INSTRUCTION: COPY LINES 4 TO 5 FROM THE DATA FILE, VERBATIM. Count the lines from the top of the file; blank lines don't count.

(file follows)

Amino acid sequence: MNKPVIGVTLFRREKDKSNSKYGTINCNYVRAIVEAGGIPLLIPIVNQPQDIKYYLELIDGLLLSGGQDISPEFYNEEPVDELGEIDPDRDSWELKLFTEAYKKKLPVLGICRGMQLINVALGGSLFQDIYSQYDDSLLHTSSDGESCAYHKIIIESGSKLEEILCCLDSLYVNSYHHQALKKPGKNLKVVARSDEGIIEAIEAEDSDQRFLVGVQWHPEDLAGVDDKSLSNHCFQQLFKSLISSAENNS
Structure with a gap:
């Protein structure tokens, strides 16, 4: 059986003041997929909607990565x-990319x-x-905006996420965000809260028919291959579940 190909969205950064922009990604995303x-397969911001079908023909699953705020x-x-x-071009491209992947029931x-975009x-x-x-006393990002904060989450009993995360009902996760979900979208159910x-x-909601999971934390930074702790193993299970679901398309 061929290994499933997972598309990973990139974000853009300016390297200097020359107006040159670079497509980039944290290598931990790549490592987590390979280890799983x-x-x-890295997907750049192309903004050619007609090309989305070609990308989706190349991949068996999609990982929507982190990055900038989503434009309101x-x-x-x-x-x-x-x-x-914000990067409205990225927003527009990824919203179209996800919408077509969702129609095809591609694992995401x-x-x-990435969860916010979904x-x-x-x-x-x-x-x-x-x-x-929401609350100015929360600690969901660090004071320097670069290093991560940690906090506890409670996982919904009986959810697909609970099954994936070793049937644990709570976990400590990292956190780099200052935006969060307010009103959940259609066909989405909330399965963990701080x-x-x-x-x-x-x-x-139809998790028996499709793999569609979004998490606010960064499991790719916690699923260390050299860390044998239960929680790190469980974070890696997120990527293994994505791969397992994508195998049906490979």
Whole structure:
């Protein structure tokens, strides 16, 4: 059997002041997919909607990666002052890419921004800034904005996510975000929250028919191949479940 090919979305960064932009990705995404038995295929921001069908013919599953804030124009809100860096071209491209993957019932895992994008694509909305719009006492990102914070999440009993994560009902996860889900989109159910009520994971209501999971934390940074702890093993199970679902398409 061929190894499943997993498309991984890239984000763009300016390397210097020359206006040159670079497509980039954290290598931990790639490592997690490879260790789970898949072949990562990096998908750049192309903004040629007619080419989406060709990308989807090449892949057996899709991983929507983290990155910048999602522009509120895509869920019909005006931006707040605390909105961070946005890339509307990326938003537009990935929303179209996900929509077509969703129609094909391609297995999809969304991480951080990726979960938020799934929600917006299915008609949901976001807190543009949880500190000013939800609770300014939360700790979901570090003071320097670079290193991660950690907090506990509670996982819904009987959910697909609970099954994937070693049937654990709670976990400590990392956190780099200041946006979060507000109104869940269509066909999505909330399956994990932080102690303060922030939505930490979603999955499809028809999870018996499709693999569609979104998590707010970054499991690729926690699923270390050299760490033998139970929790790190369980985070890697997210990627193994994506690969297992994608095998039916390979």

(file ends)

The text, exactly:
Whole structure:
């Protein structure tokens, strides 16, 4: 059997002041997919909607990666002052890419921004800034904005996510975000929250028919191949479940 090919979305960064932009990705995404038995295929921001069908013919599953804030124009809100860096071209491209993957019932895992994008694509909305719009006492990102914070999440009993994560009902996860889900989109159910009520994971209501999971934390940074702890093993199970679902398409 061929190894499943997993498309991984890239984000763009300016390397210097020359206006040159670079497509980039954290290598931990790639490592997690490879260790789970898949072949990562990096998908750049192309903004040629007619080419989406060709990308989807090449892949057996899709991983929507983290990155910048999602522009509120895509869920019909005006931006707040605390909105961070946005890339509307990326938003537009990935929303179209996900929509077509969703129609094909391609297995999809969304991480951080990726979960938020799934929600917006299915008609949901976001807190543009949880500190000013939800609770300014939360700790979901570090003071320097670079290193991660950690907090506990509670996982819904009987959910697909609970099954994937070693049937654990709670976990400590990392956190780099200041946006979060507000109104869940269509066909999505909330399956994990932080102690303060922030939505930490979603999955499809028809999870018996499709693999569609979104998590707010970054499991690729926690699923270390050299760490033998139970929790790190369980985070890697997210990627193994994506690969297992994608095998039916390979």